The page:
December 8, 2014
Last month, it was reported that New York City’s free Wi-Fi kiosks would work to benefit those in higher-income areas of the city, where there is less of a need for access to affordable, high-speed Internet. Well, in some good news for the city, Google has pledged $1 million to help provide access to high-speed Internet in NYC through the city’s public library system.
Earlier this year, the New York Public Library was awarded a $500,000 grant from the Knight Foundation to support a program that aims to provide high-speed Internet access to 10,000 NYC households. The project, which began earlier this year and targeted just 100 households, allows New Yorkers to borrow portable Wi-Fi hotspot devices from the NYPL, giving them free Internet access that would normally cost about $50 per month.
The pledge from Google will include money to pay for data connections for 10,000 households through the Spring network, as well as 500 Google Chromebook laptop devices that will distributed to young people in the city. Unlike the city’s plans for the free Wi-Fi kiosks, the initiative by NYPL actually aims to truly benefit lower-income people in the city.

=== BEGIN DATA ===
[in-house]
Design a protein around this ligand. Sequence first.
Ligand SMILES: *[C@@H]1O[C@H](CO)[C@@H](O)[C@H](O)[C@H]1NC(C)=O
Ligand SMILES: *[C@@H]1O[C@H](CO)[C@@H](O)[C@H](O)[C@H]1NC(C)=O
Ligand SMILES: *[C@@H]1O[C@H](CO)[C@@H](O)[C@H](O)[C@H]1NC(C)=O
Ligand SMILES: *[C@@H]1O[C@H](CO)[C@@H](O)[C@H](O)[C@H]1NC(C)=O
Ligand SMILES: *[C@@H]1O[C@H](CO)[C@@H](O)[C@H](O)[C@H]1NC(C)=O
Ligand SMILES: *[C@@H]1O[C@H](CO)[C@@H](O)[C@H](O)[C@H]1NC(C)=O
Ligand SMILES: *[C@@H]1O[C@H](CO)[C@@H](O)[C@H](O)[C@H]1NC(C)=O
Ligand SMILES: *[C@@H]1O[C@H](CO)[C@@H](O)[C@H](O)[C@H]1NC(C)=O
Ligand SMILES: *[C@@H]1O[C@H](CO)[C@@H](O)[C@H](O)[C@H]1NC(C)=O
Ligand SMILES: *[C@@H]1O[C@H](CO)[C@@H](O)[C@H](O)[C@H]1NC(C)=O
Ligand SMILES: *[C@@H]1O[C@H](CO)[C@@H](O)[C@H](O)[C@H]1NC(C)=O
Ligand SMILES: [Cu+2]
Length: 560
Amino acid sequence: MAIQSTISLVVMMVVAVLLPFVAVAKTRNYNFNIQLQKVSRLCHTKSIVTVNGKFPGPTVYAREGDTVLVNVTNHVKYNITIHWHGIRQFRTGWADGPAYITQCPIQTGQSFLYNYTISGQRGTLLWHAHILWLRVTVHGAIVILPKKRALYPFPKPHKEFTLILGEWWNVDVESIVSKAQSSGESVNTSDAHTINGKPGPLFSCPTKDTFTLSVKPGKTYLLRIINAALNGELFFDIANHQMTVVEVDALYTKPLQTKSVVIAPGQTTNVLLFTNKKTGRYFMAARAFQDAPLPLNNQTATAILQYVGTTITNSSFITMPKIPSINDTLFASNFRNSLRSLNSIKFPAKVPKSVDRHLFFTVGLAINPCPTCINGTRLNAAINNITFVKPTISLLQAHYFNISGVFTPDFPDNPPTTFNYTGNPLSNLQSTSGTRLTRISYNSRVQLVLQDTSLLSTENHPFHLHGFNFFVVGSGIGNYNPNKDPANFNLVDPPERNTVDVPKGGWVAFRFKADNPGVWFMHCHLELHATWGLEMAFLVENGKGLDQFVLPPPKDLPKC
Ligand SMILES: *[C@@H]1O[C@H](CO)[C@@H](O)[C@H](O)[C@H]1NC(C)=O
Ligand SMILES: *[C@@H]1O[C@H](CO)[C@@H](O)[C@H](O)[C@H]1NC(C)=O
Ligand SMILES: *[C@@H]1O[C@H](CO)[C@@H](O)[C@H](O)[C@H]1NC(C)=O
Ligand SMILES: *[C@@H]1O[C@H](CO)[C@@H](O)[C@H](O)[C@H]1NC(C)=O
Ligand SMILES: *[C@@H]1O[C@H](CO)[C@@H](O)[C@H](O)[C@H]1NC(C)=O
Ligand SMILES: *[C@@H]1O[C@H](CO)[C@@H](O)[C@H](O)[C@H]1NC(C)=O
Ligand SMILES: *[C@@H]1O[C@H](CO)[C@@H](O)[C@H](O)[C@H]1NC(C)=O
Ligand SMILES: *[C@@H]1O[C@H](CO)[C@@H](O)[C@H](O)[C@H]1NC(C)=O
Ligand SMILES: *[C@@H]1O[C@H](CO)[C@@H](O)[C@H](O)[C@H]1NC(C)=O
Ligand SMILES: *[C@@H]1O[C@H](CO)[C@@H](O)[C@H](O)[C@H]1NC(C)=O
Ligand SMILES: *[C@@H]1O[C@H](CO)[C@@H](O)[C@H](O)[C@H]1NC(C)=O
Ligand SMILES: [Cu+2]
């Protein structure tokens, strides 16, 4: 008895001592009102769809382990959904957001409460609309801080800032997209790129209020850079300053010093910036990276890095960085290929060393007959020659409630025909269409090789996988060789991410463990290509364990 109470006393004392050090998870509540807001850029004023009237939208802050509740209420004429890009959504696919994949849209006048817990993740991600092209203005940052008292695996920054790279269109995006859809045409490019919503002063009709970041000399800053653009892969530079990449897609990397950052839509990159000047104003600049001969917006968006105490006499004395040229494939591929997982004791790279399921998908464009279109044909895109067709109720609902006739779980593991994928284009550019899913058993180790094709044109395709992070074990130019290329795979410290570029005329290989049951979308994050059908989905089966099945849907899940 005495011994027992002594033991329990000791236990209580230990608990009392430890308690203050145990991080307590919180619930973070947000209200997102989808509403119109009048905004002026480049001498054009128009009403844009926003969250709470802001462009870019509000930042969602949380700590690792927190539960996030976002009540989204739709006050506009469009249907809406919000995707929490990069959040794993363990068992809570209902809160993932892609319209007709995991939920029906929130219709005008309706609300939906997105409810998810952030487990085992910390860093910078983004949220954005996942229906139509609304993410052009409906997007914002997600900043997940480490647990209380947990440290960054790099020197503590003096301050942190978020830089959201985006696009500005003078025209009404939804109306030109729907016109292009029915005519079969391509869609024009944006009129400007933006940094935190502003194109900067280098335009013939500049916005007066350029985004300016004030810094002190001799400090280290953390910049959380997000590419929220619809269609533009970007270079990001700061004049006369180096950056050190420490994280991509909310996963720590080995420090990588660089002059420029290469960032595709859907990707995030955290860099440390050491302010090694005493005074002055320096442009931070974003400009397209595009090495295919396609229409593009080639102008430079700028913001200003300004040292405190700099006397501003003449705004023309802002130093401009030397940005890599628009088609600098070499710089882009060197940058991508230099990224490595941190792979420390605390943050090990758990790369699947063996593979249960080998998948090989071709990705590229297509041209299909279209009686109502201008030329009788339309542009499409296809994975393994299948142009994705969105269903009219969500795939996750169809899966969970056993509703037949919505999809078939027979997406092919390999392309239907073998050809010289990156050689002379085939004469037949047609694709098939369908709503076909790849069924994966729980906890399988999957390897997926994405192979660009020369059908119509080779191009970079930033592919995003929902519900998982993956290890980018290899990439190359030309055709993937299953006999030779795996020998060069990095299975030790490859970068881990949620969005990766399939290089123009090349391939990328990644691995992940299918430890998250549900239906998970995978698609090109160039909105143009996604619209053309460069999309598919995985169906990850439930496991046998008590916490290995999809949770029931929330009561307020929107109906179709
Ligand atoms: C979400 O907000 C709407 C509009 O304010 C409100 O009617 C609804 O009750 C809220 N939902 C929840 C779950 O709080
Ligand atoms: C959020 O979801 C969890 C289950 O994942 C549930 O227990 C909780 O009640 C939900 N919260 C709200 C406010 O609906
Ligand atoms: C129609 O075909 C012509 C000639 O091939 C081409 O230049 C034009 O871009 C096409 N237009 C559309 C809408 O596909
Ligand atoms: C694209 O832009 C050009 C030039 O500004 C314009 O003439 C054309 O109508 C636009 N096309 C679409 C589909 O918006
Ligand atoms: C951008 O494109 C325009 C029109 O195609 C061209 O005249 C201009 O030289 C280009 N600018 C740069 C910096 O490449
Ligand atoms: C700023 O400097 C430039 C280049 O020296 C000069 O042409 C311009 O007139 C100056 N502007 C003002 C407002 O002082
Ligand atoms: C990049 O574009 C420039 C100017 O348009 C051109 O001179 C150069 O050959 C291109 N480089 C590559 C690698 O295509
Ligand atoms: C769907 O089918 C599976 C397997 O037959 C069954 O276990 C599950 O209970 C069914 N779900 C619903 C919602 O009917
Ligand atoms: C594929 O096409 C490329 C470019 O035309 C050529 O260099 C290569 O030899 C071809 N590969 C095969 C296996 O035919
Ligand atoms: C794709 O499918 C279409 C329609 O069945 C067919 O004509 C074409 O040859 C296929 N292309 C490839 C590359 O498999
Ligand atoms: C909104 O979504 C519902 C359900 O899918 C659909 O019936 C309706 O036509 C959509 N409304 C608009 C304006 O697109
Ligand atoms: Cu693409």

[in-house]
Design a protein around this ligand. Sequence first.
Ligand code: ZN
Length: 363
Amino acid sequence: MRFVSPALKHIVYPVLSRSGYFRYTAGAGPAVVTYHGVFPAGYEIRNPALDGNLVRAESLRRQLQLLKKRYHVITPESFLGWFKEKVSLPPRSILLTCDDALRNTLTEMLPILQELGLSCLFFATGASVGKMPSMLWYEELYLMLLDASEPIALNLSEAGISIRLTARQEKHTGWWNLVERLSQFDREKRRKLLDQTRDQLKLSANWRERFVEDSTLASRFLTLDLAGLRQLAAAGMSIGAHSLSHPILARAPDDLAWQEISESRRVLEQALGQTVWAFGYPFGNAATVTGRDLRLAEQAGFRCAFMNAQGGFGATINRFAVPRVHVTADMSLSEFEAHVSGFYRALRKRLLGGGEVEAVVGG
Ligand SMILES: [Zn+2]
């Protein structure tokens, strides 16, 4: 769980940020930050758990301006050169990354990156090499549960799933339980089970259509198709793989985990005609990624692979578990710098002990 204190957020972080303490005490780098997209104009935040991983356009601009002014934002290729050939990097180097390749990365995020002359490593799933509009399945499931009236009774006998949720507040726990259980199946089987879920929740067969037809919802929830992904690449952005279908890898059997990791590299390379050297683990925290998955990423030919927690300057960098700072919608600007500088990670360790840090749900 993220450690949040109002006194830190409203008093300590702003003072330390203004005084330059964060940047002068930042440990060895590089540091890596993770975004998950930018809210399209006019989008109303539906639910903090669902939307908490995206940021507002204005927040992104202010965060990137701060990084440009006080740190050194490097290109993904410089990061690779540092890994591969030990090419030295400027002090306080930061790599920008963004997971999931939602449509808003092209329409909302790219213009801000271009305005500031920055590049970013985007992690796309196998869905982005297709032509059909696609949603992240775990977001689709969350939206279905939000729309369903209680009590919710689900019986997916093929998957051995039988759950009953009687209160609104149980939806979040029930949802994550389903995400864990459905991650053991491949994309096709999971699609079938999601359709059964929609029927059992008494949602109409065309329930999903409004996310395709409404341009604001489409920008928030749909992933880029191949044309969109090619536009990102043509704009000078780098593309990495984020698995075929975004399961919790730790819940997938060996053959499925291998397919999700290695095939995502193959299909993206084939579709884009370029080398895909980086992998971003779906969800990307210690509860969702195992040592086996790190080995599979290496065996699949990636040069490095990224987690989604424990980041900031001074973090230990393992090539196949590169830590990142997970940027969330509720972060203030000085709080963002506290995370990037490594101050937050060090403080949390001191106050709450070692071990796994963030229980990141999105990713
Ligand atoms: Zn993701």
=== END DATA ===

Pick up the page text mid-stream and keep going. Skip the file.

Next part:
Mayor Bill de Blasio has said on numerous occasions how important it is to provide affordable broadband Internet access to all five boroughs of the city, yet very little has been done to turn those words into reality. Under the initiative set forth by the New York Public Library, Internet access will become immediately available to those who need it.
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